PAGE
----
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Family points to evidence that Mollie Tibbetts was using computer for homework the night she disappeared
Details emerged over the weekend that indicate Mollie Tibbetts, the 20-year-old University of Iowa student who went missing July 18 from Brooklyn, Iowa, may have used her computer before she disappeared.
Family members told area news outlets that evidence revealed Tibbetts had been doing homework on her computer the night she vanished.
Rick Rahn, special agent in charge with the Iowa Division of Criminal Investigation, said he could not discuss the details as it could harm the investigation.
'We have what we believe to be a solid timeline, but I am not able to discuss that timeline in detail as it pertains to our investigation,” he said.
Over the weekend, Rahn said there were more than 30 agents on the ground in the Brooklyn area working the case.
Rahn declined to comment on whether any new information or developments have surfaced, but said 'We are continuing to do interviews and go where the leads take us.”
During an interview with Good Morning America, Rob Tibbetts - Mollie Tibbetts' father - said information from the public could crack the case.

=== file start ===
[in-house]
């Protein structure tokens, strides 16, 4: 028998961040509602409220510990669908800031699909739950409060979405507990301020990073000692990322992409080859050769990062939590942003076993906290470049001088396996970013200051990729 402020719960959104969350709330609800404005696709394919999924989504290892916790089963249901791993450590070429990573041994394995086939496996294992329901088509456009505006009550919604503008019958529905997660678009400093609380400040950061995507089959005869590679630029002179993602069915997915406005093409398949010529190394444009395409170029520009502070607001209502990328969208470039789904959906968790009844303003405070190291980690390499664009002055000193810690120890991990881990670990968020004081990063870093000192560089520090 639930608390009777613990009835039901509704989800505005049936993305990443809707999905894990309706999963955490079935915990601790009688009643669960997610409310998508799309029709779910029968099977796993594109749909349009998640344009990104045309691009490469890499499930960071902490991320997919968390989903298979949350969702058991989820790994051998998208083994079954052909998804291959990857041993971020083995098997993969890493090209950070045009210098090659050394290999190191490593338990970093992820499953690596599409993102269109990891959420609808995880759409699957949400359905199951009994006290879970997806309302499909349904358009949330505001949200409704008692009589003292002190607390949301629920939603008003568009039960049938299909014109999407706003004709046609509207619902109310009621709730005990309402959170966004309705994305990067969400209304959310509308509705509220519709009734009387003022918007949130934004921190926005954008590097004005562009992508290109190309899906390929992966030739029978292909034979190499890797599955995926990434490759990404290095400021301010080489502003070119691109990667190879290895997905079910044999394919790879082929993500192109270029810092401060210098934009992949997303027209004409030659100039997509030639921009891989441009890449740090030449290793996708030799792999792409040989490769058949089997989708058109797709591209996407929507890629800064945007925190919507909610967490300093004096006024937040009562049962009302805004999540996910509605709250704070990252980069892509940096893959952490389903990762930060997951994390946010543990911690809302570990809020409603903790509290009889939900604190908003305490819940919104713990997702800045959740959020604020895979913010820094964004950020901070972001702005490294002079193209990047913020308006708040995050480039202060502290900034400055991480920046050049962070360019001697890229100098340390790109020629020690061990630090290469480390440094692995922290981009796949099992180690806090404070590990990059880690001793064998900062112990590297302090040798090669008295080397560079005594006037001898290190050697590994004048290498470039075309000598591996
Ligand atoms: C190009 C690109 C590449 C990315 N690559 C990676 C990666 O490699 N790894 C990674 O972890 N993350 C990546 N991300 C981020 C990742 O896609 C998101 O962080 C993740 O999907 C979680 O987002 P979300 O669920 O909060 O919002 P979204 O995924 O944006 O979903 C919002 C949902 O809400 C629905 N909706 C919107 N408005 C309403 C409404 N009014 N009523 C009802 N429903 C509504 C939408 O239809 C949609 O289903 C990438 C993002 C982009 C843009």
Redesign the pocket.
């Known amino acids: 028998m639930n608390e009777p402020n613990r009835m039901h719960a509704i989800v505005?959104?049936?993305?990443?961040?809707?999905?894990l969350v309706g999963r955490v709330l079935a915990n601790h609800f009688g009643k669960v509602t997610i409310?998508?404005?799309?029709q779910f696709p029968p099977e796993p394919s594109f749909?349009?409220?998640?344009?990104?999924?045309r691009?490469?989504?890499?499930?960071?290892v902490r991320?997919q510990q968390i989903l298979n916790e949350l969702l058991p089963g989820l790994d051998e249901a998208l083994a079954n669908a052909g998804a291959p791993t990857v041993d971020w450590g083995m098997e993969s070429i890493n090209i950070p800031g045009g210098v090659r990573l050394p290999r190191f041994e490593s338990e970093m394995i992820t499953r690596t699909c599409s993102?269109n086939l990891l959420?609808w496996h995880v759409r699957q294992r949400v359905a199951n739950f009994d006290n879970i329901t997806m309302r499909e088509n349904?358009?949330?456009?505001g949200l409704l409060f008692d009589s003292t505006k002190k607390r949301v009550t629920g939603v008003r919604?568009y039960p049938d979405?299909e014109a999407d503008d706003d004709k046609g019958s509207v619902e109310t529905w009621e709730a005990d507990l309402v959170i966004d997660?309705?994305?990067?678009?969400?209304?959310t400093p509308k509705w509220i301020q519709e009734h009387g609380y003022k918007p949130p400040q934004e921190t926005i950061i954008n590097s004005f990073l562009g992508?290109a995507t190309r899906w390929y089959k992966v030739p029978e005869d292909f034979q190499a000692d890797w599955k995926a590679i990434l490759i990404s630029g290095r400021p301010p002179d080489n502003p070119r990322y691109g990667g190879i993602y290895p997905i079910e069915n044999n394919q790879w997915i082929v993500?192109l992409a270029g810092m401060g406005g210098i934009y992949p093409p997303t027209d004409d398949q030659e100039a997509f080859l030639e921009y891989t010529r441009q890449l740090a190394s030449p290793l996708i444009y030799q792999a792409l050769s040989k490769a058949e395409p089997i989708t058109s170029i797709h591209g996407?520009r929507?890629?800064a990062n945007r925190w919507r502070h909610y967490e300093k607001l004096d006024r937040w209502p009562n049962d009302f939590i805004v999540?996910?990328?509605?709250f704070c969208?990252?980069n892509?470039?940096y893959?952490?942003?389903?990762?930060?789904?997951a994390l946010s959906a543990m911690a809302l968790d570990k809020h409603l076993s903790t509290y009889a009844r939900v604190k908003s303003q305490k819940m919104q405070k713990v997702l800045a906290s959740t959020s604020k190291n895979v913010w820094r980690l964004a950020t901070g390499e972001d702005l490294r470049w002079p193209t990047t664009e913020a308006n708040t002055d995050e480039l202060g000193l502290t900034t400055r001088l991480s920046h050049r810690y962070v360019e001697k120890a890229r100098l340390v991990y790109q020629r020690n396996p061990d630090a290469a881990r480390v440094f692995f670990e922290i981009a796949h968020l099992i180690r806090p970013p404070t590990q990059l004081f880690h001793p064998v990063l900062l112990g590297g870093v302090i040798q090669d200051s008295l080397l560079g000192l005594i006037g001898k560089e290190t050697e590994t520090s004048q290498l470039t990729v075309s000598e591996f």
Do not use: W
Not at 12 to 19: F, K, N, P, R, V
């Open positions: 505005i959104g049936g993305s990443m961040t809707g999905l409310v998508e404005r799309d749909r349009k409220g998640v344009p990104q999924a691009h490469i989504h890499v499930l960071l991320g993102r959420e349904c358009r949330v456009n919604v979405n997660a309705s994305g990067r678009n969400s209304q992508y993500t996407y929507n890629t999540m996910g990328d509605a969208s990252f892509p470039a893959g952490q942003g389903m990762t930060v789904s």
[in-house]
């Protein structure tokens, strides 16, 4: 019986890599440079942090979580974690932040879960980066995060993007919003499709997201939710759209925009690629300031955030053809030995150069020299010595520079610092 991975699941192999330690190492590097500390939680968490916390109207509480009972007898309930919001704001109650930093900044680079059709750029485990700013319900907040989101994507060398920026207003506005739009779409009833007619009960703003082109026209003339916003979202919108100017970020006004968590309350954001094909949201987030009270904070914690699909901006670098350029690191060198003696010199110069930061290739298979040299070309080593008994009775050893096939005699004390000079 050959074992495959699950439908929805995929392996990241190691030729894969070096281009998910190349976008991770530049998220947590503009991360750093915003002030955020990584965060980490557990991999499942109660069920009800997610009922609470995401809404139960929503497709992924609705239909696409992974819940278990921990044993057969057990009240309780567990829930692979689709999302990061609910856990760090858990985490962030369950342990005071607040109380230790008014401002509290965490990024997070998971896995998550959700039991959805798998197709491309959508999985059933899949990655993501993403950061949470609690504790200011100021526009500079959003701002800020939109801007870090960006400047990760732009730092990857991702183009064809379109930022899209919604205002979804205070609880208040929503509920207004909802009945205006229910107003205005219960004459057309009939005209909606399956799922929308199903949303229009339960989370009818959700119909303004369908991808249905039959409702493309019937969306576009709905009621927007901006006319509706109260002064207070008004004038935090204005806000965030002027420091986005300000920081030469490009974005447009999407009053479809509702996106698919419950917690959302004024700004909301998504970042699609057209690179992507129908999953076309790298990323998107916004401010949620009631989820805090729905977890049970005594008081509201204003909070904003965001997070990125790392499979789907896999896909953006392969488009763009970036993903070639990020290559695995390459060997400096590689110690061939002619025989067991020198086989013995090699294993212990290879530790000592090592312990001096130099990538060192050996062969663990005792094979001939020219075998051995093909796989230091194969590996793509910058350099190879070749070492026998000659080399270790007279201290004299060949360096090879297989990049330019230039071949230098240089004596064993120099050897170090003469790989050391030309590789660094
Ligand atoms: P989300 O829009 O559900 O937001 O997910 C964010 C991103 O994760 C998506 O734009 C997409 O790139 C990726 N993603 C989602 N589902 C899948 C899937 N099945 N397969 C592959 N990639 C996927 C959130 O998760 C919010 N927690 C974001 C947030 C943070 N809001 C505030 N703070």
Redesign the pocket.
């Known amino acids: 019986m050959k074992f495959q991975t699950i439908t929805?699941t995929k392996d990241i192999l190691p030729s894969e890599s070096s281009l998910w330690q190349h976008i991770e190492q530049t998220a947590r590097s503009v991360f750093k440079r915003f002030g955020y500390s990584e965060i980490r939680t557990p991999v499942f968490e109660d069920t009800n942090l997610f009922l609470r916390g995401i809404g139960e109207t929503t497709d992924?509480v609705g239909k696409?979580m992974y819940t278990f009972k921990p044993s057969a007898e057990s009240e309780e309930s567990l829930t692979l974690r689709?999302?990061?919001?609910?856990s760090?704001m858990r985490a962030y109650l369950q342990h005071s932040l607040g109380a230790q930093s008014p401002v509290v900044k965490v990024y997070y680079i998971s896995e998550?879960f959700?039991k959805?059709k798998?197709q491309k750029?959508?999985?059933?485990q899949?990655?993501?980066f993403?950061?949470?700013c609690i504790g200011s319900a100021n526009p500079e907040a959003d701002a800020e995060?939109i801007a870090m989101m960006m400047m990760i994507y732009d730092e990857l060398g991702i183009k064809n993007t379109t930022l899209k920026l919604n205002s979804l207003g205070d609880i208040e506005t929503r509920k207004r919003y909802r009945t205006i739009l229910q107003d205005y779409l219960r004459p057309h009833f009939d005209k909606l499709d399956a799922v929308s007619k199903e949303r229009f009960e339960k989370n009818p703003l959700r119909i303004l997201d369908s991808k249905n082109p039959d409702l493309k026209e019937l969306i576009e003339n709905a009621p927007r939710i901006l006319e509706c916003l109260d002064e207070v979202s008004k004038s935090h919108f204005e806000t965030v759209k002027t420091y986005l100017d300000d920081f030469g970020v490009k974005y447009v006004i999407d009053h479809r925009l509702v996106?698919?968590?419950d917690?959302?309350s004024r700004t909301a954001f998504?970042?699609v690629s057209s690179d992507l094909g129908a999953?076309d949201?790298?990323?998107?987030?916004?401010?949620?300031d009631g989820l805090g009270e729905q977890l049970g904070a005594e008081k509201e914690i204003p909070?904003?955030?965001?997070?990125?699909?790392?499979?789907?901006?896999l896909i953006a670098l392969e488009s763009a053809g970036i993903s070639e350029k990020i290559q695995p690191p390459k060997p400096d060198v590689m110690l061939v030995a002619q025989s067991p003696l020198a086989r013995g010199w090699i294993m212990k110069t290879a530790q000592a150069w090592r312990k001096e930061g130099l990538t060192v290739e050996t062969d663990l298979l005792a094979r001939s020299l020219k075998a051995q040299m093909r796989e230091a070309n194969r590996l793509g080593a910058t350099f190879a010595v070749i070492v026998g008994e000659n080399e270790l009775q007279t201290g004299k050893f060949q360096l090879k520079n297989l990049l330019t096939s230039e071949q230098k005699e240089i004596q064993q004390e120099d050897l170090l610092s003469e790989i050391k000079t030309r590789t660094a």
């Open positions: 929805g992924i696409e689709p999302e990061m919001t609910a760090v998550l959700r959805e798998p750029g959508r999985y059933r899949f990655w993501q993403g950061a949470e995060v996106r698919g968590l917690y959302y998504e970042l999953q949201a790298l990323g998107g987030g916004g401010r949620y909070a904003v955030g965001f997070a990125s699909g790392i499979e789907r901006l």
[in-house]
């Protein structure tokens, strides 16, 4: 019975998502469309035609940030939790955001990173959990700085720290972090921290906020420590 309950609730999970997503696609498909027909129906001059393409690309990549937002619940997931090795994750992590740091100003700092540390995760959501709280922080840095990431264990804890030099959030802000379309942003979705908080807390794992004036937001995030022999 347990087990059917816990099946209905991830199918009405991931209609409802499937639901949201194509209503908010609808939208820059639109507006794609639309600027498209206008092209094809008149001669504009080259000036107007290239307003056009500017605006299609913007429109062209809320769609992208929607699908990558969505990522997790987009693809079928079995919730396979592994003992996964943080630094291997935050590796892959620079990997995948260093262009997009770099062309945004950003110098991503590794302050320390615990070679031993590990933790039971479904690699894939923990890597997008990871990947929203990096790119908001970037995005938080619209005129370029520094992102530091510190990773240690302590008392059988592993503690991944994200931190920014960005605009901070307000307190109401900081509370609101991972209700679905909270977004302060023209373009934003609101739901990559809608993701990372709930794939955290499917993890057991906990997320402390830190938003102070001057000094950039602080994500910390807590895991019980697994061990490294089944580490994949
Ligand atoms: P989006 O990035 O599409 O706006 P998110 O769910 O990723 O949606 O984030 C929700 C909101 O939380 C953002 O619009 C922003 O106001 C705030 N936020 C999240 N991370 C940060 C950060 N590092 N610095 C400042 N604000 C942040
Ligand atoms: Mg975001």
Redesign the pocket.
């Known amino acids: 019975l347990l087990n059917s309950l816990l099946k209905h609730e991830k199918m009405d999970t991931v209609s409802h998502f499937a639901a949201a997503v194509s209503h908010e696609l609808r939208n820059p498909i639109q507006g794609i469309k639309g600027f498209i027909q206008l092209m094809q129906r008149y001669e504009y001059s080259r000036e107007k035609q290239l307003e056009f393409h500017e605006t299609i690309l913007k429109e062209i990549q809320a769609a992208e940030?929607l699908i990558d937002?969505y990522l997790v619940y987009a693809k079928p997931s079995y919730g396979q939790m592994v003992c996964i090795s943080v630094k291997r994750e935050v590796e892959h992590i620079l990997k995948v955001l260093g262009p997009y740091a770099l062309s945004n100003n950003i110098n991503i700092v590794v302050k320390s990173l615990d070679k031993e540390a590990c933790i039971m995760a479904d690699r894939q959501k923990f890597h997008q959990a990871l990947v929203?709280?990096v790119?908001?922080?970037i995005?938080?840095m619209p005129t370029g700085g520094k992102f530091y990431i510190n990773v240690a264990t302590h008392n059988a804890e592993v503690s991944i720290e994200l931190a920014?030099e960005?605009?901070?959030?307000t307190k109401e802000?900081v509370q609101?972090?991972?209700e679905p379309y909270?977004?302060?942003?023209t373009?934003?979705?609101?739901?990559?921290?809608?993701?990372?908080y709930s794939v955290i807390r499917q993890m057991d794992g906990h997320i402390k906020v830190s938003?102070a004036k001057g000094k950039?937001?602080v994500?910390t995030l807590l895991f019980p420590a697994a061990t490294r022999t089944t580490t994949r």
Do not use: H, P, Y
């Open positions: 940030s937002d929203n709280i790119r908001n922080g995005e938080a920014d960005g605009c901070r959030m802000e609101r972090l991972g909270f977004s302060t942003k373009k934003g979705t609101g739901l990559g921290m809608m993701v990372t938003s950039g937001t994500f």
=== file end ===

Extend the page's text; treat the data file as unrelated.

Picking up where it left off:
'What we need is for people to tell their friends and neighbors that if they saw anything that seemed even remotely out of the ordinary to call the authorities and they will run that down,” he said. 'The authorities have told us again and again and again that all the similar cases like this are always solved by some tip.”
Crime Stoppers of Central Iowa is offering a $1,000 reward for information resulting in as arrest or conviction related to Tibbetts' disappearance. Over the weekend T. I. P Rural Electric Cooperative in Brooklyn announced it would match the Crime Stoppers reward, raising the amount to $2,000.
Meanwhile, friends of the family have started a Go Fund Me page to raise money in support of Tibbetts' family.
The page was started Thursday by Nick Barry, who said he has known Tibbetts' family for years and worked with Laura Calderwood - Mollie's mother - in the 1990s.
'Most of us can only imagine the devastation that the family is going through right now,” Barry said in a video on the fundraising page. 'And work is simply out of the question as they monitor phone calls and do everything they can to bring their little girl home.”
As of Monday, the page had raised approximately $14,500 toward its $50,000 goal.
'We wanted to help alleviate some of the financial burden, because the bills aren't going to stop coming in and right now the family needs to focus on getting Mollie back,” Barry told The Gazette Friday.
Anyone with information regarding Tibbetts' disappearance or her whereabouts is asked to contact the Poweshiek County Sheriff's Office at (641) 623-5679 or email firstname.lastname@example.org.
l Comments: (319) 398-8238; email@example.com